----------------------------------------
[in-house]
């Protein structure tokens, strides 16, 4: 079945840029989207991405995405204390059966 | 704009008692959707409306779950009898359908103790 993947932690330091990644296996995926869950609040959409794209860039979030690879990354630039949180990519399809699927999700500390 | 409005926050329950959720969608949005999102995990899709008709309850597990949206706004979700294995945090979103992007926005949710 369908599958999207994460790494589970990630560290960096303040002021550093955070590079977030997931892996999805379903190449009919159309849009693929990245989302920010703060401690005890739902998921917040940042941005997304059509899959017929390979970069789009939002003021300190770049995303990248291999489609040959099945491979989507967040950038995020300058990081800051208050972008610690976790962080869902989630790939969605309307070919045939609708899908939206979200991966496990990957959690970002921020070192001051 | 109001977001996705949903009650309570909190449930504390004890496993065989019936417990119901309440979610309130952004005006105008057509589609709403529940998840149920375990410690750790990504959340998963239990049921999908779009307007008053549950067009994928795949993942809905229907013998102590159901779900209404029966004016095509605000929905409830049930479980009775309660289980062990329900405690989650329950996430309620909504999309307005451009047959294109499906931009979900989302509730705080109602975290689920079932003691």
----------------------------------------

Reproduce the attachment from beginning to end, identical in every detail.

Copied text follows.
[in-house]
């Protein structure tokens, strides 16, 4: 079945840029989207991405995405204390059966 | 704009008692959707409306779950009898359908103790 993947932690330091990644296996995926869950609040959409794209860039979030690879990354630039949180990519399809699927999700500390 | 409005926050329950959720969608949005999102995990899709008709309850597990949206706004979700294995945090979103992007926005949710 369908599958999207994460790494589970990630560290960096303040002021550093955070590079977030997931892996999805379903190449009919159309849009693929990245989302920010703060401690005890739902998921917040940042941005997304059509899959017929390979970069789009939002003021300190770049995303990248291999489609040959099945491979989507967040950038995020300058990081800051208050972008610690976790962080869902989630790939969605309307070919045939609708899908939206979200991966496990990957959690970002921020070192001051 | 109001977001996705949903009650309570909190449930504390004890496993065989019936417990119901309440979610309130952004005006105008057509589609709403529940998840149920375990410690750790990504959340998963239990049921999908779009307007008053549950067009994928795949993942809905229907013998102590159901779900209404029966004016095509605000929905409830049930479980009775309660289980062990329900405690989650329950996430309620909504999309307005451009047959294109499906931009979900989302509730705080109602975290689920079932003691």